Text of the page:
It’s a very good read

Published 6:00 am Thursday, December 3, 2009

Who said these Thursday columns written by a retired reporter are lame-o efforts?

At least one of the local dailies caught up with my recent reference to the civil suit filed against the Austin school district.

Like I said before, it ain’t over until everybody sings the truth in public.

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Good to see my former employer broke the news that plumbers are on strike over wage issues at the new Mower County Jail & Justice Center project.

Gosh forbid prisoners and judges would have to stand in line outside at Port-A-Potties waiting for an opening if the new $27-million facilities don’t have all the necessary plumbing.

Of course cynics will say that will be an opportunity for county officials to approve a future bond issue just to allow more taxpayer dollars to be flushed.

If you’re like me, the report of a five-foot tall change machine stolen from the lobby at Twin Towers struck fear in your heart.

My tip to investigators is to stake out all coin operated laundry machines in Austin.


There’s just been too much controversy and crime since Thanksgiving. If local officials are concerned about the image of the city being tarnished by the Kurt Rude-Candy Raskin-defamation of character-Fire Chief Dan Wilson and city behind-closed-doors actions, try explaining how a huge coin machine could be stolen from a locked lobby at a public housing project.

Thank goodness Christmas is coming when there will be peace on earth, goodwill toward men and more door-buster sales at local stores. The only excitement I want to hear about the dueling mayors ringing bells for the Salvation Army.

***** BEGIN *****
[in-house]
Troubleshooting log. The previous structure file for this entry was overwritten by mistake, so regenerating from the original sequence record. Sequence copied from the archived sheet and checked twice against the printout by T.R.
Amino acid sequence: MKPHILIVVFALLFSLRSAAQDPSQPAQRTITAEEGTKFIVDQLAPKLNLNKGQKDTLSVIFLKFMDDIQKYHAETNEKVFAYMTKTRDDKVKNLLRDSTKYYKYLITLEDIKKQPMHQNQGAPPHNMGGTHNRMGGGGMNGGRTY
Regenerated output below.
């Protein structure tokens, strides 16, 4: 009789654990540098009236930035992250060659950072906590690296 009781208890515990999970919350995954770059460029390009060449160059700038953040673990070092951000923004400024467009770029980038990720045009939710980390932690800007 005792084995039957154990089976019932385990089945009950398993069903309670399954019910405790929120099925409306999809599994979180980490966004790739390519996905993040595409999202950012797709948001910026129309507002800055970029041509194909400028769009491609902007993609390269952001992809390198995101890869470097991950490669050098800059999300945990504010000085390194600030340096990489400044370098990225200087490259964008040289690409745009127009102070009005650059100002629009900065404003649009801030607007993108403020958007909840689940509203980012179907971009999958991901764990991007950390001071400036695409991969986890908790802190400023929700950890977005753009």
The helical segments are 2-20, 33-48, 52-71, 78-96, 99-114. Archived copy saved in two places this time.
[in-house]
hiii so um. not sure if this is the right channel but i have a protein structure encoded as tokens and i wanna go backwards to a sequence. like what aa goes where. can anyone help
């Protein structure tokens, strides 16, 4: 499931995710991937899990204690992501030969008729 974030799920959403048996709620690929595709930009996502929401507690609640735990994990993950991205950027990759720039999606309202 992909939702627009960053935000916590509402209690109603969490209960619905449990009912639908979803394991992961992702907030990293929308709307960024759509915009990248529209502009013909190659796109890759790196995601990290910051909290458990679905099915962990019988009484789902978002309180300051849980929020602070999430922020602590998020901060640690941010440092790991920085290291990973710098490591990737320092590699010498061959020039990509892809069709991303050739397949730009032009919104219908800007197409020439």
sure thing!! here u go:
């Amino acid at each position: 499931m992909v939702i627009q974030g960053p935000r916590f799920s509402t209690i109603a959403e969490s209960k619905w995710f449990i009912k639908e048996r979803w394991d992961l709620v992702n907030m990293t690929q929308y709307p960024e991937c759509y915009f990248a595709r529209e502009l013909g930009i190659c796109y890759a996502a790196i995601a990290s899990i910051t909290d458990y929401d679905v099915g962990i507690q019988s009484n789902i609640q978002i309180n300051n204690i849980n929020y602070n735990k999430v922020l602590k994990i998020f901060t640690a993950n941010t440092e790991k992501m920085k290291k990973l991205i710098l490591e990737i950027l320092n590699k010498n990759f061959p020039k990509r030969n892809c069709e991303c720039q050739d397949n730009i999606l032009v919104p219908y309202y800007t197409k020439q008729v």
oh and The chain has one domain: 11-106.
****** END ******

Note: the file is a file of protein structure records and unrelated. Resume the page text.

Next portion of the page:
God only knows they have to have something to do in their free time.

But enough of this gibberish, I am here today to recommend Richard E. Hall’s new book “Once Around the Mill Pond and Cedar River.”

No kidding.

This is a very good read for anyone interested in Austin history.

Mr. Hall has written four other books chronicling Austin and Mower County history but his latest shines brightest.

It’s no “Going Rogue,” but it does make sense. Hall’s book took years—not four month—to complete. It costs only $10. There are no jokes being made about its content or the author. It’s simply a good light read about a subject citizens of Austin should want to know more about.

So many, many books are written. So few are remembered.

No movie deal here, but perish the thought this is a book without controversy. It is not.

What if I were to tell you the author second-guesses those who claim Chauncey Leverich was the first to settle Austin. Check out Hall’s investigation about who may have settled along the Cedar River first.

In fact, visit the Mower County Historical Center at the fairgrounds in Austin and consider other items connected to local history as gift items for those who expect the unusual.

Hall’s book includes many dramatic black and white sketches drawn by the author. And when you stop and consider the man is 87 years old, I’d say it’s worth $10 just to look at the pictures.